9) Tyrion pets Ghost. Just like in the book, Tyrion admires Jon Snow's direwolf, although Tyrion is concerned that he's frightened the beast. "He's not afraid," Jon says. To which Tyrion responds, "He is! I am terrifying!" And then Tyrion actually gets to pet the direwolf, saying "Niiiiice wolf." Also, the scene between Jon Snow and Benjen Stark goes on much longer in the pilot, and hews a lot more closely to the book.

10) The Feast scenes play out somewhat differently. In particular, in the original pilot both Cersei and Jaime talk to Catelyn, and they only admire Sansa from a distance — there's none of the scene where Sansa comes up and talks to Cersei about dress-making and stuff. The pilot script also lacks the scene where Benjen and Ned Stark talk about the deserter that Ned executed, and the possibility of White Walkers coming back. Meanwhile, the confrontation between Ned and Jaime Lannister goes on much longer in the pilot, with Jaime taunting Ned about his father's death at the Mad King's hands. Jaime says he gave Ned justice, but Ned shouldn't bother to thank him — oh, wait, Ned never has. (I think some of this conversation was moved to another episode, later in the season, where it transpires in the throne room.) Later, Jaime laments to Tyrion that people treat him like some "back-alley cutthroat," just because he killed the worst king in 1,000 years. Tyrion responds that he'd bet on Jaime in a fight between Jaime and Ned, "but I wouldn't bet much." Cersei watches Tyrion stumble outside and tells Jaime that their brother is a "vile little beast." Jaime responds that Tyrion "plays the hand he was dealt — as do we all." Over that last bit, Jaime looks over at the drunken lecherous King Robert.

11) Catelyn tells Ned he must go to King's Landing. The conversation between Ned and Catelyn is way closer to the book in the pilot, with Catelyn telling Ned he must go to King's Landing — instead of the version that aired, with Catelyn saying, "I won't let him take you." (And the pilot script keeps the thing from the books of Catelyn and her sister Lysa having their own private childhood language.) After Catelyn gets Lysa's message in the pilot script, she is even more resolute that Ned must go south with the King, to which Ned responds, "I am not your dog to command, my lady." In general, the relationship between Ned and Catelyn is much less loving in the pilot script — they seem like they barely tolerate each other. They're not in bed together in the pilot, just sitting together. Ned is much frostier in the pilot, and Catelyn is much more uptight, and the kids barely get any good moments.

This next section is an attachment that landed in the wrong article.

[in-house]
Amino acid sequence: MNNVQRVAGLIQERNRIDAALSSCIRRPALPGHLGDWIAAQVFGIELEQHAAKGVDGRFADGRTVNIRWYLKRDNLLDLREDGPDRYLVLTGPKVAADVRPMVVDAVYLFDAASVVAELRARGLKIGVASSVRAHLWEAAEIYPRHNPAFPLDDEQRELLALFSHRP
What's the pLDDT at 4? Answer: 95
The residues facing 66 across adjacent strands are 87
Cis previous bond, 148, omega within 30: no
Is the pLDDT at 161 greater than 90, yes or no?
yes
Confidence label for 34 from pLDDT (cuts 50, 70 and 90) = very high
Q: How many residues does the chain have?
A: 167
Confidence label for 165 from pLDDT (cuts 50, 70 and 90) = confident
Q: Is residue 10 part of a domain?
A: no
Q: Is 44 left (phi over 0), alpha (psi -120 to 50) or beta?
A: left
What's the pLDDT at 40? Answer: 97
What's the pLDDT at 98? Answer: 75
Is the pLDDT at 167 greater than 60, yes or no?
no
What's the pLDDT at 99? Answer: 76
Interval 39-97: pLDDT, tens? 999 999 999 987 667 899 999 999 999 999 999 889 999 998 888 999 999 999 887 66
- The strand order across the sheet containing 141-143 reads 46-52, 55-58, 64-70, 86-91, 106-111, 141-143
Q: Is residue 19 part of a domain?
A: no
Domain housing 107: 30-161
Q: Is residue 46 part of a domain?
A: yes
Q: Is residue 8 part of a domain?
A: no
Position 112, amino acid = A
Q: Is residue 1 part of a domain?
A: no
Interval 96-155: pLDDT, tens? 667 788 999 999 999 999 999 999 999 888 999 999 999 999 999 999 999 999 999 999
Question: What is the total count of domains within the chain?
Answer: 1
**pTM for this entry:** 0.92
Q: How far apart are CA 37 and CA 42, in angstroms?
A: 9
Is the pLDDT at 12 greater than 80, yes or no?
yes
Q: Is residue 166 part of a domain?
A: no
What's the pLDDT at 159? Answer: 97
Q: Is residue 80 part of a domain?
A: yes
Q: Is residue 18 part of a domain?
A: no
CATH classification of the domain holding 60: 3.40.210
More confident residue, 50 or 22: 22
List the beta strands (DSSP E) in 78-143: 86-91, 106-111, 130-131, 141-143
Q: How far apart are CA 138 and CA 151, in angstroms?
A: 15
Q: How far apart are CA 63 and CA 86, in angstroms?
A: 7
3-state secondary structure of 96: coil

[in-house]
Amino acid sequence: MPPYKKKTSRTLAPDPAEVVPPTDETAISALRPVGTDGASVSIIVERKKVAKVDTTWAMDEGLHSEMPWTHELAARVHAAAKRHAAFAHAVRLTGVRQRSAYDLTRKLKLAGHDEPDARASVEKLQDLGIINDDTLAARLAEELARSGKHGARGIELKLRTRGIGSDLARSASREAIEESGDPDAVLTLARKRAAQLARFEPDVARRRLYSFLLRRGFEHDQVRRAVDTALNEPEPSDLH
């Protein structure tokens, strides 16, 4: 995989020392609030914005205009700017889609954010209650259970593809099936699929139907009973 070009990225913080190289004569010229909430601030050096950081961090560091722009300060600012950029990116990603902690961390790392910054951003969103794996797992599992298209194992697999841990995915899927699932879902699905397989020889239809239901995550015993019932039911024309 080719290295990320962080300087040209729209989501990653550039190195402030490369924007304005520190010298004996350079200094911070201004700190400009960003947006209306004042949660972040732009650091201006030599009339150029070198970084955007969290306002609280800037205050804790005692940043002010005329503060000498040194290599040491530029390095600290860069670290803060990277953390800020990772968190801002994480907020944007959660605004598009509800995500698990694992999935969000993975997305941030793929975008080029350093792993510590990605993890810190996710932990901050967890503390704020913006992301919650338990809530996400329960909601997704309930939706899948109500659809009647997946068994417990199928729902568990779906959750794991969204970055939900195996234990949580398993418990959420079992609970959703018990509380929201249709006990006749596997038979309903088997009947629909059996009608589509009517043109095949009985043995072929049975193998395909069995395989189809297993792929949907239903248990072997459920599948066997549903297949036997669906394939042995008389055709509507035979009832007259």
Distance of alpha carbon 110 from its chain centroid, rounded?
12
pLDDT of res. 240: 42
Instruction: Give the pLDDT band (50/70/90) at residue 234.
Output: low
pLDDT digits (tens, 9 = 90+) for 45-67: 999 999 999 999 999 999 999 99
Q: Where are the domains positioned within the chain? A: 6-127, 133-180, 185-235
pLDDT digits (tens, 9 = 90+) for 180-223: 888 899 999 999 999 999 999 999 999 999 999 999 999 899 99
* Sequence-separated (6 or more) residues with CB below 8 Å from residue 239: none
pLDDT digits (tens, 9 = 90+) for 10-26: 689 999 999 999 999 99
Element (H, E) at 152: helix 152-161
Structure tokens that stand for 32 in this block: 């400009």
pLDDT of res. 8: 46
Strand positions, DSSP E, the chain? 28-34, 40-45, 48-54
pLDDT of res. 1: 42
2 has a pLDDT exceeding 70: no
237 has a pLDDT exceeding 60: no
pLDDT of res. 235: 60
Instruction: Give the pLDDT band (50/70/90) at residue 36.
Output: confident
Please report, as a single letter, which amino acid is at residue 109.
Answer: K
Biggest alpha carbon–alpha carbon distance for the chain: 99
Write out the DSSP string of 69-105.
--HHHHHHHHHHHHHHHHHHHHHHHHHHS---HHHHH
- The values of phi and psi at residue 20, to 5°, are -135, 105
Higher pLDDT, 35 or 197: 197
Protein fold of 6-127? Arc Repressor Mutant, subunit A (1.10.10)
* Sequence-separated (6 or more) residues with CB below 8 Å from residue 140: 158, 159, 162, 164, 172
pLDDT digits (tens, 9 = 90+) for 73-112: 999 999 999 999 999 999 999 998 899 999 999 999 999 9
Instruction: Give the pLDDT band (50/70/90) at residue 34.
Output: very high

Oh also, the pilot has that scene from the books where Bran spars with Prince Tommen while Arya wishes she could join them.

12) Daenerys' wedding is a bit nicer. Famously, the wedding scene in the pilot was a fancy affair, where George R.R. Martin himself played a Pentoshi nobleman in a big silly hat. Much of it plays out the same as in the aired version, except that Daenerys — who's described earlier as having a "stable stink" by Viserys — wins over the Dothraki with her horse-riding skills. And like in the book, she tells Drogo he has given her the wind, when he gives her that lovely horse. Like in the aired verison, Drogo keeps saying "No" to Daenerys, as if that's the only word of the common tongue he knows. But he doesn't have sex with Daenerys until he asks "No?" and she says, "Yes." (In the aired version, it's just a lot of Drogo saying "No" and then they have sex.)